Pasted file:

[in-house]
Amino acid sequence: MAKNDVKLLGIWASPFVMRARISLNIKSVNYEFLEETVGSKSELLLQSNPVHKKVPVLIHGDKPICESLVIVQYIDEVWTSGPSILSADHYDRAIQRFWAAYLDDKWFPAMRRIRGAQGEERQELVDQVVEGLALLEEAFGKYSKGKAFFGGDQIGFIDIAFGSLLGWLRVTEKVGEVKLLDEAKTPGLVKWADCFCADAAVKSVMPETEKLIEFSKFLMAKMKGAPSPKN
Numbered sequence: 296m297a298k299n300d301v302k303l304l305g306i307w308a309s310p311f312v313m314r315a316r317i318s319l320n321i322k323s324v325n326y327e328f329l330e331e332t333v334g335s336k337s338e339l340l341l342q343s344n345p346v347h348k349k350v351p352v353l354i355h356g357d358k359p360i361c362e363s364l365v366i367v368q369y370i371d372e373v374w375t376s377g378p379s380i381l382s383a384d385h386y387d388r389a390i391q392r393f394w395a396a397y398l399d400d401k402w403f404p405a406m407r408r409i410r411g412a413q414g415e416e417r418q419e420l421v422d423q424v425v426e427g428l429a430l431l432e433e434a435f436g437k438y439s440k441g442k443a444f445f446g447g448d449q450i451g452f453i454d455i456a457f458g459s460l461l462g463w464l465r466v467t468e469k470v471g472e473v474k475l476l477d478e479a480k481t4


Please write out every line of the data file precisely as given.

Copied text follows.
[in-house]
Amino acid sequence: MAKNDVKLLGIWASPFVMRARISLNIKSVNYEFLEETVGSKSELLLQSNPVHKKVPVLIHGDKPICESLVIVQYIDEVWTSGPSILSADHYDRAIQRFWAAYLDDKWFPAMRRIRGAQGEERQELVDQVVEGLALLEEAFGKYSKGKAFFGGDQIGFIDIAFGSLLGWLRVTEKVGEVKLLDEAKTPGLVKWADCFCADAAVKSVMPETEKLIEFSKFLMAKMKGAPSPKN
Numbered sequence: 296m297a298k299n300d301v302k303l304l305g306i307w308a309s310p311f312v313m314r315a316r317i318s319l320n321i322k323s324v325n326y327e328f329l330e331e332t333v334g335s336k337s338e339l340l341l342q343s344n345p346v347h348k349k350v351p352v353l354i355h356g357d358k359p360i361c362e363s364l365v366i367v368q369y370i371d372e373v374w375t376s377g378p379s380i381l382s383a384d385h386y387d388r389a390i391q392r393f394w395a396a397y398l399d400d401k402w403f404p405a406m407r408r409i410r411g412a413q414g415e416e417r418q419e420l421v422d423q424v425v426e427g428l429a430l431l432e433e434a435f436g437k438y439s440k441g442k443a444f445f446g447g448d449q450i451g452f453i454d455i456a457f458g459s460l461l462g463w464l465r466v467t468e469k470v471g472e473v474k475l476l477d478e479a480k481t4